- Outline the structure of fair, consistent and agreed sanctions that will be used in response to negative behaviour
- Outline how positive behaviour is encouraged
- Outline the interventions to be used when a student repeatedly misbehaves.
Standards of Behaviour
Moyne College expects all members of the school community to behave in ways that show respect for others. Students are more likely to benefit from their education and to be happy in a structured, caring environment where high standards of behaviour are expected and adhered to. The term standards can also mean rules or expectations.
The school’s standards of behaviour reflect values such as:
- Respect for self and others
- Kindness and willingness to help others
- Courtesy and good manners
- Readiness to use respectful ways of resolving difficulties and conflict
- Attending school regularly and punctually
- Doing ones best in class
- Taking responsibility for ones work
- Keeping the rules
- Helping to create a safe positive environment #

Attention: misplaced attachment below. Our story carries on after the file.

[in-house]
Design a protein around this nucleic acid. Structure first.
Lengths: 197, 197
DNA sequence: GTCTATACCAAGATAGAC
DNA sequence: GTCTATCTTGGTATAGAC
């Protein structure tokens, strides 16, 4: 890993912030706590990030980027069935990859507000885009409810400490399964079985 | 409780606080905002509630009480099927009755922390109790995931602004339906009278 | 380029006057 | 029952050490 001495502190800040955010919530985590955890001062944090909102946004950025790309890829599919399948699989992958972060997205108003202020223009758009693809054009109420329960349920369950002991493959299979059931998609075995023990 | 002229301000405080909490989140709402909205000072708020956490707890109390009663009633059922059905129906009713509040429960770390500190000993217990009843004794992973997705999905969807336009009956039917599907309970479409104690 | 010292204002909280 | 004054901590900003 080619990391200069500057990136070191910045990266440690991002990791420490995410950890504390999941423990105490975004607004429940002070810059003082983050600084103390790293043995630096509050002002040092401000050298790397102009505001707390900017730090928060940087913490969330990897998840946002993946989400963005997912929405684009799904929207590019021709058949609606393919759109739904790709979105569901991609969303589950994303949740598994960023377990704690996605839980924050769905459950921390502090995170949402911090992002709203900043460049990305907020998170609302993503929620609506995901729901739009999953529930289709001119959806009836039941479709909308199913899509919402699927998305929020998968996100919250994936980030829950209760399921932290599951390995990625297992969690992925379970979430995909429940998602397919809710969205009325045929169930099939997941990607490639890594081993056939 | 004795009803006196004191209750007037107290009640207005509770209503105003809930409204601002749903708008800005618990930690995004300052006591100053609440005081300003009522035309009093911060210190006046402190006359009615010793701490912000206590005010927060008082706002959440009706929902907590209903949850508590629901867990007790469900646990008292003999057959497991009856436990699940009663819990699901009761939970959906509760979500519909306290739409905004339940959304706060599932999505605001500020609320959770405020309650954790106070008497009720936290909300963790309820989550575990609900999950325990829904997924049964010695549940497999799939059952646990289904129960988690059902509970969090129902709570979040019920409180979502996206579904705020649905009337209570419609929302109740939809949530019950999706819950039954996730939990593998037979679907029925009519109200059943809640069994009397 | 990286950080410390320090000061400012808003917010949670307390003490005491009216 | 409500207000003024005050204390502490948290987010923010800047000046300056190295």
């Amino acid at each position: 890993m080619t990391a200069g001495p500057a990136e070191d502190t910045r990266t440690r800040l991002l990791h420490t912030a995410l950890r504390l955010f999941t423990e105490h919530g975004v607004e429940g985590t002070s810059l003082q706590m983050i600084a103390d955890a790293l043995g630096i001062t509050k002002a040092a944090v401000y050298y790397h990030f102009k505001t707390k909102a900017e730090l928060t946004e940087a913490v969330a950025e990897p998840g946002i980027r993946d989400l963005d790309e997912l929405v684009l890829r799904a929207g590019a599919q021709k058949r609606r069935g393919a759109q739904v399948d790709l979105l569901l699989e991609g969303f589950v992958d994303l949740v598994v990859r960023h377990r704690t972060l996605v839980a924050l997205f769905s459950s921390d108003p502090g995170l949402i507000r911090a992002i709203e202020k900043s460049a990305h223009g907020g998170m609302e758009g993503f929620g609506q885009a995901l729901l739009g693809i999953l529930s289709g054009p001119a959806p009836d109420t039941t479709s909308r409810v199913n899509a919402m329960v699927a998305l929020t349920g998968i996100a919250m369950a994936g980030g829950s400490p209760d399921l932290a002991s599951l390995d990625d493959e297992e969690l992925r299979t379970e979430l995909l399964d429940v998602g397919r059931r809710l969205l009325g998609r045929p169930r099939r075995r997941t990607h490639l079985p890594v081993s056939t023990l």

- Respecting staff
- Respecting other students and their learning
- Participating in school activities
Our standards of behaviour also signal to members of the school community the kinds of behaviour that are not acceptable in the school, for example:
- Behaviour that is hurtful (including bullying, harassment, discrimination, victimisation and intimidation)
- Behaviour that interferes with teaching and learning
- Threats or physical hurt to another person
- Damage to property
- All Students of Moyne College are expected to be in attendance every day and that you arrive on time and before the commencement of classes.
- That you are expected to come to school each day it is open unless it is absolutely unavoidable. If you are absent, your parents should contact the school before 9.15am on the day in question. You must also have a medical cert/note explaining your absence on your return.
- If you have to leave the school premises for any reason you must first present a note to your year head from your parent/guardian requesting permission and then sign out at the office where your parent/guardian must also sign once they collect you.
- If you are late please report to the school office to sign the late book and present a note from your parent/guardian. If no note is presented for lateness you must sit a lunch time detention.
- Time missed is hard to make up.
- The school is entitled by Law to an explanation and the onus is on parents/guardians to provide this explanation.
- The school is responsible for the care of all the students during the day.
- Moyne College is concerned about the development of the whole child/person and encourages students to develop good punctuality which will be expected of them in the workplace.